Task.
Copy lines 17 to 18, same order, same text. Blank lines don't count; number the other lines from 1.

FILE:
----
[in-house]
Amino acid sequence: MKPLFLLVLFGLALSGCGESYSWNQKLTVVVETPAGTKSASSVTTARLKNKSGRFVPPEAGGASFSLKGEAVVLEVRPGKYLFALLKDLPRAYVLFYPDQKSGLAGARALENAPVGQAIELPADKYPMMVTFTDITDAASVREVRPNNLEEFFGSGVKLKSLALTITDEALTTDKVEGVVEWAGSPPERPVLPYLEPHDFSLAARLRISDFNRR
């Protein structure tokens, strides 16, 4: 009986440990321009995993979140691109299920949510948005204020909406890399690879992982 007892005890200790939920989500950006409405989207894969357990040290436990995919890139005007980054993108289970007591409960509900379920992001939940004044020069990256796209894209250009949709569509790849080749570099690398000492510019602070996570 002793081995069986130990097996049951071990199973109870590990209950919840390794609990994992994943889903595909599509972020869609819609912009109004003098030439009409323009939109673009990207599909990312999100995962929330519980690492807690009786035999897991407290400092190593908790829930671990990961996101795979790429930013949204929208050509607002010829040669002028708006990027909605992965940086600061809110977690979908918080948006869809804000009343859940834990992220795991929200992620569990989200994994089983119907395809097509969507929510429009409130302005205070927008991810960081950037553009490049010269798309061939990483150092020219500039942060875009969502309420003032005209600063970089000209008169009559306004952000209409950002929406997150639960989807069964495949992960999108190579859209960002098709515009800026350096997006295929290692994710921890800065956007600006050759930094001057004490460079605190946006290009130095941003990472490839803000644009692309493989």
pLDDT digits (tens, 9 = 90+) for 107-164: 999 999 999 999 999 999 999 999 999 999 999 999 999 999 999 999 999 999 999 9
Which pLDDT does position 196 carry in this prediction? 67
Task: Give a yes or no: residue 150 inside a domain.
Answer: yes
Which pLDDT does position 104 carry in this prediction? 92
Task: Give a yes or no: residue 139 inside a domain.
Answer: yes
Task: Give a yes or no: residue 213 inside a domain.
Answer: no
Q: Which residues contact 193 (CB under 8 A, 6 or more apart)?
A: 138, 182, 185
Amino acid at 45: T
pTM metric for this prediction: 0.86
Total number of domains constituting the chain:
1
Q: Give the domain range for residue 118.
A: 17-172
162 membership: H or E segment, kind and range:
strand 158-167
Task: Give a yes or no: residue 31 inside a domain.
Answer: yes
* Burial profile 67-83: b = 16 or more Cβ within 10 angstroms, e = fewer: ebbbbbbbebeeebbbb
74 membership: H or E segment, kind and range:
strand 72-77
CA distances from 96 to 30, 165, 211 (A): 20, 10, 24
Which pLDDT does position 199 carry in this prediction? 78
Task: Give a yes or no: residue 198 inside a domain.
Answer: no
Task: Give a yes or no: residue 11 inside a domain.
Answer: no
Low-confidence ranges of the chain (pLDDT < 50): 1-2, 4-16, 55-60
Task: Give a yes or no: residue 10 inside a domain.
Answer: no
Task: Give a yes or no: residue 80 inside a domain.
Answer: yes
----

Total number of domains constituting the chain:
1